Emerging Export Market: Non-Alcoholic Beverage Imports
You may have noticed a few more drink options on restaurant menus and grocery and liquor store shelves; non-alcoholic beverages. Although long-standing brands have held these spots, never before have there been so many options. They are referred to as mocktails, zero-proof cocktails, and contain little to no alcohol within them but all the flavor of favorite bar go-tos. With so many of these businesses opening up shop in Canada, and increasing demand, exporting to the US may be the next step of your commercial growth strategy.
In this blog, we will take a look at importing zero-proof alcohol into the US and the factors that are used to determine eligibility and the requirements of US Customs and Border Protection (CBP) and other Partner Government Agencies (PGAs) such as the Food and Drug Administration (FDA).
Importing Zero Proof Beverages
Importing beverages with zero alcohol is much like importing soda or bottled water. As with all imports into the US, importers of food products will need to adhere to the US Food and Drug Administration (FDA) requirements.
Register With The FDA
Registering with the FDA as a food facility is a requirement for companies involved in the processing and production of food items. It’s no different for beverages.
Registration provides the FDA with important information, including the location of the processing facility, types of activities conducted, and details about the products being imported.
Pro Tip: A Dun & Bradstreet DUNS number is required for food facility registration.
It’s recommended that a foreign importer of beverages into the US work with a regulatory expert or agent who can provide detailed assistance based on your specific requirements.
Once registered, renewals are required every two years going forward.
Comply With The Foreign Supplier Verification Program
As part of the Food Safety Modernization Act (FSMA), all goods importers into the US for human consumption must ensure they meet the same food safety standards as domestically made food. That is where the Foreign Supplier Verification Program (FSVP) comes in.
The FSVP requires conducting specific steps and creating a written preventative control (safety) plan that includes:
- Hazard analysis
- Supplier assessments, audits, and/or third-party certifications
- Verification activities, documentation, and record-keeping requirements
- Onsite audits, sampling, testing, and reviewing of complaints
When it comes to the actual import of beverages, specific information must be present on the US Customs Invoice in order to meet the FSVP import regulations. This information is shared with the FDA and includes:
- FSVP Importer is (name of the US company)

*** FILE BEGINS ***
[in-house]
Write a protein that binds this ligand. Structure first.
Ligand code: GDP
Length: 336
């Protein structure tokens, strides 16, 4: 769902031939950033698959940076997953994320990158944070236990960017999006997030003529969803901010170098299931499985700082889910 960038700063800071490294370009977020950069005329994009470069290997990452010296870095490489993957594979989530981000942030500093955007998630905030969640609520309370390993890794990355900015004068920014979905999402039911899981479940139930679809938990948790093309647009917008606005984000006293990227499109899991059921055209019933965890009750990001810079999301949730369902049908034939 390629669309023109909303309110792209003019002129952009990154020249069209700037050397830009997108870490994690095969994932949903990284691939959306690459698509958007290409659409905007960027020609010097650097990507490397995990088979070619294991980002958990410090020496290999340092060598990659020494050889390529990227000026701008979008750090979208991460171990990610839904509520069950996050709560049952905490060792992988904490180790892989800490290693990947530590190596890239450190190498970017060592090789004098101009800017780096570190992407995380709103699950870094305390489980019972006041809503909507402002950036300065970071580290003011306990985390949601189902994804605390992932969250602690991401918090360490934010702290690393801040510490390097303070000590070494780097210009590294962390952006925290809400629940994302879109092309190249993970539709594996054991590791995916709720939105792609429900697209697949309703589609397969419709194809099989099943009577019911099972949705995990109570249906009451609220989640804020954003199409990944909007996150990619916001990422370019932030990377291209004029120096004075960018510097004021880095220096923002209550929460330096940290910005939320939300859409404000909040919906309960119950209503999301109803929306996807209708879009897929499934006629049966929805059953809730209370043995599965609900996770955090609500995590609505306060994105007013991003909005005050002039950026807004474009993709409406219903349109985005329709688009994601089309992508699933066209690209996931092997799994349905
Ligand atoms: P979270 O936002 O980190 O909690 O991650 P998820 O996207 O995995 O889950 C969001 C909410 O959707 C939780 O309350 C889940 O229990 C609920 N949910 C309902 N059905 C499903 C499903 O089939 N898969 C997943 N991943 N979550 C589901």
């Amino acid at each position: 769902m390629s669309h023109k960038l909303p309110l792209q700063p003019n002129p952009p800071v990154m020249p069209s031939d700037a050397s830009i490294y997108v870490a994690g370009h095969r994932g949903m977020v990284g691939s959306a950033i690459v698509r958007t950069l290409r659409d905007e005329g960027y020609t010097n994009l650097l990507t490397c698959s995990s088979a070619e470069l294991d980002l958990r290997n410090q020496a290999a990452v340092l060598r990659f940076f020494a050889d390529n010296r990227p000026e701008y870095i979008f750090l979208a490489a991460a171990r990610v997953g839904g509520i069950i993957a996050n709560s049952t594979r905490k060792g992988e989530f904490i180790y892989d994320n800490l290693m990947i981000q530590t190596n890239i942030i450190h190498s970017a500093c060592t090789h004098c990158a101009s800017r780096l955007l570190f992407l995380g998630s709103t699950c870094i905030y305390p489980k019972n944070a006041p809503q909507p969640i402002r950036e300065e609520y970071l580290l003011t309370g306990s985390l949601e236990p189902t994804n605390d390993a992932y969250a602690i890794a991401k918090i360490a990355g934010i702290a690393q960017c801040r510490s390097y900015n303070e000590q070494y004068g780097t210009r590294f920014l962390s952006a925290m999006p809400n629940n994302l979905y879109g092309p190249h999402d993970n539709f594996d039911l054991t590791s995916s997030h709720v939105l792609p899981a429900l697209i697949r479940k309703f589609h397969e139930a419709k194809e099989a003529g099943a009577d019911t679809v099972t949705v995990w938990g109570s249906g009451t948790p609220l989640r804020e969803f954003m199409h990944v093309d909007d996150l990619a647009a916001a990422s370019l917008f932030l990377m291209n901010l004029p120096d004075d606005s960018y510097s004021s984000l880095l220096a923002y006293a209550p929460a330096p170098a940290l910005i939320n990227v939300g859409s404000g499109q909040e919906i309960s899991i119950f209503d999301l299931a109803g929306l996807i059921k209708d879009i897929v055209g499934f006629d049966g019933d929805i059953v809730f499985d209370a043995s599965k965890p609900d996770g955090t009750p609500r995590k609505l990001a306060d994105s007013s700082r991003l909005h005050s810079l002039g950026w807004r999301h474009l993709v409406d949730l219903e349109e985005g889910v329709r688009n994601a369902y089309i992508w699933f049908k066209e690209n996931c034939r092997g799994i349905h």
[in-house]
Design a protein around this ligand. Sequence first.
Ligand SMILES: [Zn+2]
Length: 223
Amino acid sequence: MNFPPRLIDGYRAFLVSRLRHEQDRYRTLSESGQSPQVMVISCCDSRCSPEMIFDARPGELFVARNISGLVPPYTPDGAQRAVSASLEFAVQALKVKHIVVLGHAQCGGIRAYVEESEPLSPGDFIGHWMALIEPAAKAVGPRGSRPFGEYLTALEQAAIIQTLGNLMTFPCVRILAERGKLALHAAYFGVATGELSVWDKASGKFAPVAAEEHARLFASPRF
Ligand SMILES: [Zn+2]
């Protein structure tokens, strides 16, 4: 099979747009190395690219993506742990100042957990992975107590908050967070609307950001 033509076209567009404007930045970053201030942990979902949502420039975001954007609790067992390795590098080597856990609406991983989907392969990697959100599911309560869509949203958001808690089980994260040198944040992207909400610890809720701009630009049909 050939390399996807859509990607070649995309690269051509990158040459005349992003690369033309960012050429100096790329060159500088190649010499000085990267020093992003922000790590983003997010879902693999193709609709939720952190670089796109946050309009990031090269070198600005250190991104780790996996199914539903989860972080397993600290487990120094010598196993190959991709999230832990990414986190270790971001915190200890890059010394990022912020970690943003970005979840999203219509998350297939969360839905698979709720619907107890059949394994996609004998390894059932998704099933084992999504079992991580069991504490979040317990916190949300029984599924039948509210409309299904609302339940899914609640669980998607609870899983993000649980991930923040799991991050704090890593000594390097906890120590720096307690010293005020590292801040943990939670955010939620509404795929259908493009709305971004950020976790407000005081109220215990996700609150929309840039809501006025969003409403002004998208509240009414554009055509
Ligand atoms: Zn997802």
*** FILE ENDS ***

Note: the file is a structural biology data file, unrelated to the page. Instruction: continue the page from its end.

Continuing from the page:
- FSVP Importer’s DUNS number
- FSVP Importer’s contact email address
Pro Tip: The FSVP importer must be a US company (typically the US buyer of your goods) or a third-party US FSVP Agent (if there is no US buyer at the time of import) who agrees to take on the responsibilities of the FSVP importer.
Importing Non-Alcoholic Beverages
Importing beverages that meet non-alcoholic conditions must comply with all of the same regulations as zero-proof beverages, plus a few others detailed below.
Conditions Of Non-Alcoholic Claims
To be considered non-alcoholic in the eyes of US CBP and FDA, a beverage must remain under a certain alcohol strength per volume.
A non-alcoholic beverage must contain 0.05% alcohol or less.
US CBP And FDA Requirements
US Customs and the FDA will require a few more details on non-alcoholic beverages imports compared to mocktails or zero-proof drinks. Some of this information is used to determine if the HS Classification Code has been used properly, while the information for the FDA is used for release.
CBP will require the following information to ensure proper classification:
- Ingredients listed by percentage
- Alcoholic content
- How the goods are packaged (type of container aluminum, plastic, etc.)
- Indication of beverage fermentation
- Indication of the beverage of carbonation
FDA will require the following information for clearance:
- Name and address of the manufacturer
- Name and address of bottling company
- If the beverage is (shelf stable) canned (Federal Canning Establishment (FCE) Number and Schedule Process Filing ID (SID) numbers from the bottling company for each type of beverage)
- Dimensions of the bottle or can to the 1/16th of an inch
The Ease Of Importing Mocktails
With the increase in demand of non-alcoholic beverages, increased imports are to be expected. It also is far less onerous to import these types of beverages in comparison to beverages exceeding 0.05% alcohol.
Comparatively speaking, importing craft beer into the US would require all of the above-noted steps, plus basic permits to import and Certificate of Label Approval (COLA), and will be subject to Federal Excise Tax.
To learn more about importing non-alcoholic beverages into the US, join our webinar How To Import FDA Regulated Goods.